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When to use exception handling? (C++)

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Hello. I'm currently brushing up on exception handling. Most of the examples I'm reading, though they may be purposely trivial, seem like they could be more-easily handled by simply checking the return value of the function you call (assuming it returns success, otherwise some error code) and then going from there. So, I'm not quite sure.

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Exceptions are superior to manual error code techniques in cases where the exception should never occur in normal execution (i.e. if the error is exceptional behaviour). This allows you to avoid cluttering up the calling code with error checking logic and just assume that everything will always go as planned.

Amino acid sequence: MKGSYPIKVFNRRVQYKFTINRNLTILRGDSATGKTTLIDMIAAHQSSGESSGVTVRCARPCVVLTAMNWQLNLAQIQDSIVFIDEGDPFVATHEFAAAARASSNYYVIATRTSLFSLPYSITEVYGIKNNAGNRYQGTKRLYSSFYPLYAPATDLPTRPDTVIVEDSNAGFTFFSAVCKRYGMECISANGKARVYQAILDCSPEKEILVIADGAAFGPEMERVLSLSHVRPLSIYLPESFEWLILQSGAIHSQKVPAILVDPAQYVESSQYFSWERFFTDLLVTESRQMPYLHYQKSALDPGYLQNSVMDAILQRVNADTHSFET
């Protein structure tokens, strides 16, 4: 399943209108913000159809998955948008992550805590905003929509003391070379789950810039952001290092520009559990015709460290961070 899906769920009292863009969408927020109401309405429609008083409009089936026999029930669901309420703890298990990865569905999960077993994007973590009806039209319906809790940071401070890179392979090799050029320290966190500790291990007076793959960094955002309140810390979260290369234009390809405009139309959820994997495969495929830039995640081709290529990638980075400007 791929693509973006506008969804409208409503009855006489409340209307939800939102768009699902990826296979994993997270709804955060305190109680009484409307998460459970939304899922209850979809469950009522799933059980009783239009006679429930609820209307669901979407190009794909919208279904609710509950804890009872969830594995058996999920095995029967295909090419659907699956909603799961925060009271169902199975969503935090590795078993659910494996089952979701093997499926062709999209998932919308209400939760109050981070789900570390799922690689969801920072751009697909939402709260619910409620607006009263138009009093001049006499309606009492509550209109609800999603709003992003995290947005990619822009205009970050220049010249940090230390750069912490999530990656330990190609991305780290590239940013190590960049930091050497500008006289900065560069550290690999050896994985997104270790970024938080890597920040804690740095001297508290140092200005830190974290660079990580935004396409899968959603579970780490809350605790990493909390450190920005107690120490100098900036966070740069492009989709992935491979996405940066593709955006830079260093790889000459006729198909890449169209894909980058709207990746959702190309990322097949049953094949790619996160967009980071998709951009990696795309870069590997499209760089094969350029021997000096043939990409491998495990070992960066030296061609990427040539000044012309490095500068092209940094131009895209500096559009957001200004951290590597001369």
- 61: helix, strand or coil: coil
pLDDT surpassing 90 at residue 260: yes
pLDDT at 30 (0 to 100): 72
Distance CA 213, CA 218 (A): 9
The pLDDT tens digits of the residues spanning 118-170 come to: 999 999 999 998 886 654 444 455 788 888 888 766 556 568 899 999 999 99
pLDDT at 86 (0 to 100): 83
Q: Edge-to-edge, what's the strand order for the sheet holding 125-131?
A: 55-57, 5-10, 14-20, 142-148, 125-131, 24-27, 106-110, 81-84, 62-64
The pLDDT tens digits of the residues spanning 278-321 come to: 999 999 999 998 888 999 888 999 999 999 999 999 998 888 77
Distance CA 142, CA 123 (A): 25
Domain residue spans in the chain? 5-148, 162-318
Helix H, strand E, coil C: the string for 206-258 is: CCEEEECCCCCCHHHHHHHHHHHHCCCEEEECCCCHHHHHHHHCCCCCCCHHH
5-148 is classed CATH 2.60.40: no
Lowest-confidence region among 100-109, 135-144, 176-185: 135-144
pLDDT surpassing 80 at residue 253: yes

In the exceptional cases where an error does occur, the throwing/catching/unwinding process does incur a significant performance penalty (i.e. worse performance than manual error handling), but this is mitigated by the fact that in all of the non-exceptional cases you didn't pay the performance cost of the error-handling logic.

If a particular error will be a common occurrence (i.e. not exceptional behaviour), then just use traditional error handling techniques instead. The exception to this guideline is inside a constructor - the preferred error-handling mechanism for when a constructor fails is to throw an exception.

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Thank you for helping me. Don't you need some error-checking logic, anyway, in order to decide whether to throw the exception or not?

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Yes , but the *calling code* doesn't need to bother checking if an error occurred or not (e.g. by looking at return-codes, etc...). It can assume that everything is ok and continue executing, because the exception will basically goto your program back up to the correct catch statement in the case of an error.

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